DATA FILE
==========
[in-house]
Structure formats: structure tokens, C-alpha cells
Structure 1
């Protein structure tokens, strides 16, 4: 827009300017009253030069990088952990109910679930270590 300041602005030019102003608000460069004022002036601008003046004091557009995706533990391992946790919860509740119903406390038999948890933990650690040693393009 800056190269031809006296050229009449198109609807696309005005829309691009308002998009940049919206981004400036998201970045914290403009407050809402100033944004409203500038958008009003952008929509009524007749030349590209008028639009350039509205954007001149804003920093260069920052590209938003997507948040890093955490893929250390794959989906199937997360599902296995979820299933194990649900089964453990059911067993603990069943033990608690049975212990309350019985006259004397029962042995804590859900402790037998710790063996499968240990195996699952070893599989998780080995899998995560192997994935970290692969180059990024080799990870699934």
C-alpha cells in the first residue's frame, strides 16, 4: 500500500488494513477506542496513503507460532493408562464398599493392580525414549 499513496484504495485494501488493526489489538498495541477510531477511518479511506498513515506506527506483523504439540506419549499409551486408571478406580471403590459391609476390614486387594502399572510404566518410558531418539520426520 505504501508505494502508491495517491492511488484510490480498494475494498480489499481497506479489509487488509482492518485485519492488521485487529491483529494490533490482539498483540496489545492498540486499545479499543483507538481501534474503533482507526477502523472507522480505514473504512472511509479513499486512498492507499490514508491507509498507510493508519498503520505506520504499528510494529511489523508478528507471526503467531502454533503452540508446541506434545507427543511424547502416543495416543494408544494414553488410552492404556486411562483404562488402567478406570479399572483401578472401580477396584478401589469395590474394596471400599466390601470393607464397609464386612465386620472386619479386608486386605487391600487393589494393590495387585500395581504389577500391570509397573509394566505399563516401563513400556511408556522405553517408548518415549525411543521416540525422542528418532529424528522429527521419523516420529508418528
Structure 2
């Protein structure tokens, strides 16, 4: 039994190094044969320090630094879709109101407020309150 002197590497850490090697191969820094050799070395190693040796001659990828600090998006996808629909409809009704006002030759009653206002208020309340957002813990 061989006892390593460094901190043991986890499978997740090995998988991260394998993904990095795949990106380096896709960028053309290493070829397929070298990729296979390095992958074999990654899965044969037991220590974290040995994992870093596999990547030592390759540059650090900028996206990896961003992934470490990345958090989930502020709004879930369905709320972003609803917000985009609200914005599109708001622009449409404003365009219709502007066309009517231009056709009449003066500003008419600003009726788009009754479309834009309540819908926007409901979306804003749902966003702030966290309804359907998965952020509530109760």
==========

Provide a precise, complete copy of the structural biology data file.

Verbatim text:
[in-house]
Structure formats: structure tokens, C-alpha cells
Structure 1
């Protein structure tokens, strides 16, 4: 827009300017009253030069990088952990109910679930270590 300041602005030019102003608000460069004022002036601008003046004091557009995706533990391992946790919860509740119903406390038999948890933990650690040693393009 800056190269031809006296050229009449198109609807696309005005829309691009308002998009940049919206981004400036998201970045914290403009407050809402100033944004409203500038958008009003952008929509009524007749030349590209008028639009350039509205954007001149804003920093260069920052590209938003997507948040890093955490893929250390794959989906199937997360599902296995979820299933194990649900089964453990059911067993603990069943033990608690049975212990309350019985006259004397029962042995804590859900402790037998710790063996499968240990195996699952070893599989998780080995899998995560192997994935970290692969180059990024080799990870699934």
C-alpha cells in the first residue's frame, strides 16, 4: 500500500488494513477506542496513503507460532493408562464398599493392580525414549 499513496484504495485494501488493526489489538498495541477510531477511518479511506498513515506506527506483523504439540506419549499409551486408571478406580471403590459391609476390614486387594502399572510404566518410558531418539520426520 505504501508505494502508491495517491492511488484510490480498494475494498480489499481497506479489509487488509482492518485485519492488521485487529491483529494490533490482539498483540496489545492498540486499545479499543483507538481501534474503533482507526477502523472507522480505514473504512472511509479513499486512498492507499490514508491507509498507510493508519498503520505506520504499528510494529511489523508478528507471526503467531502454533503452540508446541506434545507427543511424547502416543495416543494408544494414553488410552492404556486411562483404562488402567478406570479399572483401578472401580477396584478401589469395590474394596471400599466390601470393607464397609464386612465386620472386619479386608486386605487391600487393589494393590495387585500395581504389577500391570509397573509394566505399563516401563513400556511408556522405553517408548518415549525411543521416540525422542528418532529424528522429527521419523516420529508418528
Structure 2
């Protein structure tokens, strides 16, 4: 039994190094044969320090630094879709109101407020309150 002197590497850490090697191969820094050799070395190693040796001659990828600090998006996808629909409809009704006002030759009653206002208020309340957002813990 061989006892390593460094901190043991986890499978997740090995998988991260394998993904990095795949990106380096896709960028053309290493070829397929070298990729296979390095992958074999990654899965044969037991220590974290040995994992870093596999990547030592390759540059650090900028996206990896961003992934470490990345958090989930502020709004879930369905709320972003609803917000985009609200914005599109708001622009449409404003365009219709502007066309009517231009056709009449003066500003008419600003009726788009009754479309834009309540819908926007409901979306804003749902966003702030966290309804359907998965952020509530109760």